Off-topic: I am interested to move discussions to the next level. Many comments are just questions, that aren't clear in the original proposal. Or something is missing the the original proposal, that can be fixed. So I was wondering, if one (me) could make some comments, and then you improve the original proposal. If these comments are covered and no dissent, the previous discussion can be deleted.
Thank you for being open-minded about this and willing to hear more. The only reason I’ve reopened this discussion is I’m confident that there is something new on this. I will re-post the last conclusion i reached and start speaking from that position:
Actually you know what I think that anondate makes sense only on the workstation. the gateway doesn't need sdwdate/anondate. Sorry for the confusion, I'm sharing my thoughts as they develop. There are two main points being discussed.
anondate (can be safely used as the only trusted source) making it a great backstop in the event there is something on the workstation leaking timestamps and also on the host doing that as well. The security pitfalls of using it in the previous design, are avoided by rethinking how and on which vm its used on.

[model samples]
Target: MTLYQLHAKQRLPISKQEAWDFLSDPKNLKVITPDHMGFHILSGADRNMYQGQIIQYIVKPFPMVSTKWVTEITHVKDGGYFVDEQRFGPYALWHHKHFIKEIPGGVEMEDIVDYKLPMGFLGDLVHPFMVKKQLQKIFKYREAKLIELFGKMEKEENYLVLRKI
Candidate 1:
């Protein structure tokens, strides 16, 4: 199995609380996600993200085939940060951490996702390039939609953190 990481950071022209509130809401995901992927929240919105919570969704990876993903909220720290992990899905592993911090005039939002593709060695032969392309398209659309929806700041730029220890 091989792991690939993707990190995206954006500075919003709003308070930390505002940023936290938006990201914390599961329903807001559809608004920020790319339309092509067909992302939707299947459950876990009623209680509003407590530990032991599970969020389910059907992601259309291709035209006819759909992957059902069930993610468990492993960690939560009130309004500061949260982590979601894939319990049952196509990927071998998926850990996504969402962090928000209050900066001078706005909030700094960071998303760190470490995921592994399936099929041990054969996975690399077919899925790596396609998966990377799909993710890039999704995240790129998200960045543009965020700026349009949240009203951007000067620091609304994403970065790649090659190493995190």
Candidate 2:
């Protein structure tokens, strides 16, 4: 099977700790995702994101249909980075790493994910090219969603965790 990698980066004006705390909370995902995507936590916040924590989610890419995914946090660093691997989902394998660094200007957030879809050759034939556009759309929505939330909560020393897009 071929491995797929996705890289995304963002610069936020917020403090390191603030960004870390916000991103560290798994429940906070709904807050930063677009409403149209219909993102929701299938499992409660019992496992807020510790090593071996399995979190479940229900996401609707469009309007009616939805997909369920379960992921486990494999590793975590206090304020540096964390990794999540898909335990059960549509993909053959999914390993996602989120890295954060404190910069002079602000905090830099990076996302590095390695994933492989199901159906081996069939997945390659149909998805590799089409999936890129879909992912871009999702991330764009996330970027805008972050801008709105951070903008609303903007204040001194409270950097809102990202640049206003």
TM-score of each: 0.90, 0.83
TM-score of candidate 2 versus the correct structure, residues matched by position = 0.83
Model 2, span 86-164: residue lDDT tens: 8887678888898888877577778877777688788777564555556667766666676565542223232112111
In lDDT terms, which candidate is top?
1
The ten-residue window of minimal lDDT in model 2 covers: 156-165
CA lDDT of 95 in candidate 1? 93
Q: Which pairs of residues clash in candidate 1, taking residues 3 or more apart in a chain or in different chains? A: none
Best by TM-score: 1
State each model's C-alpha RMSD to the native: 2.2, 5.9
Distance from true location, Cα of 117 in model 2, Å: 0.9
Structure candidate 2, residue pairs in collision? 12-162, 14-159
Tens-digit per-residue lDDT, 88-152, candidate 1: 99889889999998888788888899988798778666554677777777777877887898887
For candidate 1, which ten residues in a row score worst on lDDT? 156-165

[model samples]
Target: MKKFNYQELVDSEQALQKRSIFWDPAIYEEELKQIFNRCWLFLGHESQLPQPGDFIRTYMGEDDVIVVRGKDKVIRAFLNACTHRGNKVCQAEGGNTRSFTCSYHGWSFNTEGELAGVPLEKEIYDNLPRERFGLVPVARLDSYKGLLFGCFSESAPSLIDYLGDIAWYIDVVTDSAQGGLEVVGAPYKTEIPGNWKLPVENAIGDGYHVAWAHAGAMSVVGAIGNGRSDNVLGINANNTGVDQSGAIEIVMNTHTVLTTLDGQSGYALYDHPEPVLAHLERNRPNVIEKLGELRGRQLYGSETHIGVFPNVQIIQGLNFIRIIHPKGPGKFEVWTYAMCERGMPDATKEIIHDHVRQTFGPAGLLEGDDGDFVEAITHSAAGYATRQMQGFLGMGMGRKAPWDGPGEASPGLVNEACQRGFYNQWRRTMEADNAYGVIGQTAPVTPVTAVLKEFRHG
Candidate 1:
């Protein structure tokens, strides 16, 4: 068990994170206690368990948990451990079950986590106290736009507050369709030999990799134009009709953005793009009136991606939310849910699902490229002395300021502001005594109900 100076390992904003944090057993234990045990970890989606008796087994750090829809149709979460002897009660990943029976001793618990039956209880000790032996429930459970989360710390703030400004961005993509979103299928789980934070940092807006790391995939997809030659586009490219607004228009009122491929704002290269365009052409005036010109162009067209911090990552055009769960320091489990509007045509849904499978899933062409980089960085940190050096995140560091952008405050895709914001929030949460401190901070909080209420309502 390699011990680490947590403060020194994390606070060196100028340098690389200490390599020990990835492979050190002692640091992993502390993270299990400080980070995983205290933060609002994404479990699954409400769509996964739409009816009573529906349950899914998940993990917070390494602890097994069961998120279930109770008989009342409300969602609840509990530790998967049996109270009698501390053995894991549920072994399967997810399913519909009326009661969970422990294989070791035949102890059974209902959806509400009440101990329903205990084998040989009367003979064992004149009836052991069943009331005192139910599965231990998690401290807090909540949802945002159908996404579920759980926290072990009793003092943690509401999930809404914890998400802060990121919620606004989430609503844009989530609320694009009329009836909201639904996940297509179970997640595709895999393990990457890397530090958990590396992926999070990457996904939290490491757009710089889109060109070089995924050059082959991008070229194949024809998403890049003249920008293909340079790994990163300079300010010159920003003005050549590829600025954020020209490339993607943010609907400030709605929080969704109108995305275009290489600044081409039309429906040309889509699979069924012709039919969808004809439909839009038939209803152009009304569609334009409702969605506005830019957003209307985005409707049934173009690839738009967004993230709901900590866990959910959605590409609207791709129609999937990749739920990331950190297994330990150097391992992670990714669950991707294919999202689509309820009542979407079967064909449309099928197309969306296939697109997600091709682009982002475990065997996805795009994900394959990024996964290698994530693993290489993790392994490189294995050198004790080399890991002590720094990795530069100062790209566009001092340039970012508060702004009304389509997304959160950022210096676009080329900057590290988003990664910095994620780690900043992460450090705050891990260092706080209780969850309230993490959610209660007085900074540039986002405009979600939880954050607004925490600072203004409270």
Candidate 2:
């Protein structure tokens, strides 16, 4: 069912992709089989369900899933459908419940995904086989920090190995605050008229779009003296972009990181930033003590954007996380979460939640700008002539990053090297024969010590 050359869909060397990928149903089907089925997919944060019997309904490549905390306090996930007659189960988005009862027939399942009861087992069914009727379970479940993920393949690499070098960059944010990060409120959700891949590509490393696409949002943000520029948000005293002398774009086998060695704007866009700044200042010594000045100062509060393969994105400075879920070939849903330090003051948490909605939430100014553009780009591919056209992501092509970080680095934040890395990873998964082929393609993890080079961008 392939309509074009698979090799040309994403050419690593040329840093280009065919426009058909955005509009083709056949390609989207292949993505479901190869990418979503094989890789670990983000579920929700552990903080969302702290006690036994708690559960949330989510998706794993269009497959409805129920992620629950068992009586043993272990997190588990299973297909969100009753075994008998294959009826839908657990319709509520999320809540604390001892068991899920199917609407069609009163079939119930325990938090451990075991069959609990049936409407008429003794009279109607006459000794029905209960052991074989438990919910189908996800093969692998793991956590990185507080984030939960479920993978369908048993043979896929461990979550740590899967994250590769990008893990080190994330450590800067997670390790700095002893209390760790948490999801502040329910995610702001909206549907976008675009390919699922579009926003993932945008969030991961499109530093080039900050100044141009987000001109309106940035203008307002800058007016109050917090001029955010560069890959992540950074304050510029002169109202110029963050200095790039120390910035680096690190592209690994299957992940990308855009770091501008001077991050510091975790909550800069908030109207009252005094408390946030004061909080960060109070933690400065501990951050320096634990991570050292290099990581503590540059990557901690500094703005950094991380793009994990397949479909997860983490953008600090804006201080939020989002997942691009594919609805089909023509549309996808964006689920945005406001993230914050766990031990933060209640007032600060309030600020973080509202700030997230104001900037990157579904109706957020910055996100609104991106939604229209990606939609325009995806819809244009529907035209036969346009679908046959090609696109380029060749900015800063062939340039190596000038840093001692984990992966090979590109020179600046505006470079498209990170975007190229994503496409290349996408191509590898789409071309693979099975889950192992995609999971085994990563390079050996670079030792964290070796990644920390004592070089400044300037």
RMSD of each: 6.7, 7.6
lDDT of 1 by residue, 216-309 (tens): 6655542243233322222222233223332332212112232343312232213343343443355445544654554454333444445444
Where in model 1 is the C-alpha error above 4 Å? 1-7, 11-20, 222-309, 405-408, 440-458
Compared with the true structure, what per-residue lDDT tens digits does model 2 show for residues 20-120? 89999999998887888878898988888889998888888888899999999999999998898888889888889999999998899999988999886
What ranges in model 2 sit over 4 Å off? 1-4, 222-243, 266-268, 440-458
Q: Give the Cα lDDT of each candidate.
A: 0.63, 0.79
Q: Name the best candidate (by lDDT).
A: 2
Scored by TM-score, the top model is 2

The gateway isn't leaking anything by using only the host's time to bootstrap off of as recommended. No danger in using the Host's time. If we decide to allow it to read the host's wall clock, then no gateway restart will even be needed because time is always synced and not allowed to drift. anondate or any form of timesyncing would not be needed on the gateway anymore. And the only place where it being used (the workstation) will have a trusted source with fresh data being fetched at all times with none of the fingerprinting or stale data attack implications that sending requests in the clear entailed: like the gateway design problems you pointed out before.</blockquote>
user <-> Tor network <-> Tor exit <-> ISP of Tor exit <-> ISP of destination server <-> destination server
If you keep changing Tor exit's, you make a mitm only less likely for a fraction of that route. Marking the by:
Alright so in the situation that anondate is depended on for use in just the workstation, the damage the attacker can do by feeding outdated consensus is limited to getting a false time. It would not affect or deny service to the gateway in any form.
As in the current model of the sdwdate, getting a consensus on the consensus data (pardon the pun) curbs the damage an attacker does, because a certain time interval is not used unless, say, some number of requests X out of Y total to a Directory Authority agrees.
Come to think of it, these traffic requests by anondate are actually not distinguishable any more from any Tor client out there.
The fact that the gateway is using accurate host time, means that no problems with connections to the Hidden Service server will happen.
By the way, don't trash sdwdate too fast. When we implement a host operating system or Whonix host additions (https://github.com/Whonix/Whonix/issues/39), we're back at the question on how to safely replace unauthenticated NTP. Not sure how much this changes your proposal.